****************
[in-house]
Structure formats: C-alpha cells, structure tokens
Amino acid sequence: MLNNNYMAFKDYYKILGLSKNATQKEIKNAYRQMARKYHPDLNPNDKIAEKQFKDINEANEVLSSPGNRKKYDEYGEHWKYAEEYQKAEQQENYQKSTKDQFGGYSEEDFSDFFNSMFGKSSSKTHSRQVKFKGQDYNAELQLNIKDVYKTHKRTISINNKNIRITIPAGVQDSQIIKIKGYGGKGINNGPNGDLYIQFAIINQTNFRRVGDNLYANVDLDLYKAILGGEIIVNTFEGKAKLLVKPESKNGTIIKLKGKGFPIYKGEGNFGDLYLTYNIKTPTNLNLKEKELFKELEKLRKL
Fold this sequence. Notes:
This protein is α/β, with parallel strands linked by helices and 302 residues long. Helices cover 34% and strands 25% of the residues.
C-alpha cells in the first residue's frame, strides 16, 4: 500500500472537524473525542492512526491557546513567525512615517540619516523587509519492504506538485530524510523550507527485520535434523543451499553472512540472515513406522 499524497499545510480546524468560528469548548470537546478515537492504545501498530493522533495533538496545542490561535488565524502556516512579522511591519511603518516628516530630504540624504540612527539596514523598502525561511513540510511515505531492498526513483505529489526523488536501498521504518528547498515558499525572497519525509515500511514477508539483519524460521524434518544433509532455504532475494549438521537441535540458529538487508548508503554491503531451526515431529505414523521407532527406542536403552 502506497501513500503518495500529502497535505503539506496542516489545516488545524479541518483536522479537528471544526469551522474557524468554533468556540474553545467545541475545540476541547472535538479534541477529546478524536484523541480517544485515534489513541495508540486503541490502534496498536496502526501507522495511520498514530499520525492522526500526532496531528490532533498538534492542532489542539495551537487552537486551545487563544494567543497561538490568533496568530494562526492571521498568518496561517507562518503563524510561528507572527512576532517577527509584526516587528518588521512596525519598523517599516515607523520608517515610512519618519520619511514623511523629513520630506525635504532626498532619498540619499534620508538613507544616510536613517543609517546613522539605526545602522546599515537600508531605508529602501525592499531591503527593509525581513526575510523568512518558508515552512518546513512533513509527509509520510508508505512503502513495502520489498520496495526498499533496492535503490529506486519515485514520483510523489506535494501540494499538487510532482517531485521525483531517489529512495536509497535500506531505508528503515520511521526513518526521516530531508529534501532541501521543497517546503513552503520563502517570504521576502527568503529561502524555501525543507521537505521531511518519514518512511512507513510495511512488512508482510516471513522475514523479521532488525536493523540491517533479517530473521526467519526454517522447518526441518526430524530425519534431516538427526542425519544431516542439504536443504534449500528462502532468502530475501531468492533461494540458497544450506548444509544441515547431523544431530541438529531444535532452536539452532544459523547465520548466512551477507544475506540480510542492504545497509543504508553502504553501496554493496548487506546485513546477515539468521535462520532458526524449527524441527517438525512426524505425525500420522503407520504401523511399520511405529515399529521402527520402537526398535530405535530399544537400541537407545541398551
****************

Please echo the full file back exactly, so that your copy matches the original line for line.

[in-house]
Structure formats: C-alpha cells, structure tokens
Amino acid sequence: MLNNNYMAFKDYYKILGLSKNATQKEIKNAYRQMARKYHPDLNPNDKIAEKQFKDINEANEVLSSPGNRKKYDEYGEHWKYAEEYQKAEQQENYQKSTKDQFGGYSEEDFSDFFNSMFGKSSSKTHSRQVKFKGQDYNAELQLNIKDVYKTHKRTISINNKNIRITIPAGVQDSQIIKIKGYGGKGINNGPNGDLYIQFAIINQTNFRRVGDNLYANVDLDLYKAILGGEIIVNTFEGKAKLLVKPESKNGTIIKLKGKGFPIYKGEGNFGDLYLTYNIKTPTNLNLKEKELFKELEKLRKL
Fold this sequence. Notes:
This protein is α/β, with parallel strands linked by helices and 302 residues long. Helices cover 34% and strands 25% of the residues.
C-alpha cells in the first residue's frame, strides 16, 4: 500500500472537524473525542492512526491557546513567525512615517540619516523587509519492504506538485530524510523550507527485520535434523543451499553472512540472515513406522 499524497499545510480546524468560528469548548470537546478515537492504545501498530493522533495533538496545542490561535488565524502556516512579522511591519511603518516628516530630504540624504540612527539596514523598502525561511513540510511515505531492498526513483505529489526523488536501498521504518528547498515558499525572497519525509515500511514477508539483519524460521524434518544433509532455504532475494549438521537441535540458529538487508548508503554491503531451526515431529505414523521407532527406542536403552 502506497501513500503518495500529502497535505503539506496542516489545516488545524479541518483536522479537528471544526469551522474557524468554533468556540474553545467545541475545540476541547472535538479534541477529546478524536484523541480517544485515534489513541495508540486503541490502534496498536496502526501507522495511520498514530499520525492522526500526532496531528490532533498538534492542532489542539495551537487552537486551545487563544494567543497561538490568533496568530494562526492571521498568518496561517507562518503563524510561528507572527512576532517577527509584526516587528518588521512596525519598523517599516515607523520608517515610512519618519520619511514623511523629513520630506525635504532626498532619498540619499534620508538613507544616510536613517543609517546613522539605526545602522546599515537600508531605508529602501525592499531591503527593509525581513526575510523568512518558508515552512518546513512533513509527509509520510508508505512503502513495502520489498520496495526498499533496492535503490529506486519515485514520483510523489506535494501540494499538487510532482517531485521525483531517489529512495536509497535500506531505508528503515520511521526513518526521516530531508529534501532541501521543497517546503513552503520563502517570504521576502527568503529561502524555501525543507521537505521531511518519514518512511512507513510495511512488512508482510516471513522475514523479521532488525536493523540491517533479517530473521526467519526454517522447518526441518526430524530425519534431516538427526542425519544431516542439504536443504534449500528462502532468502530475501531468492533461494540458497544450506548444509544441515547431523544431530541438529531444535532452536539452532544459523547465520548466512551477507544475506540480510542492504545497509543504508553502504553501496554493496548487506546485513546477515539468521535462520532458526524449527524441527517438525512426524505425525500420522503407520504401523511399520511405529515399529521402527520402537526398535530405535530399544537400541537407545541398551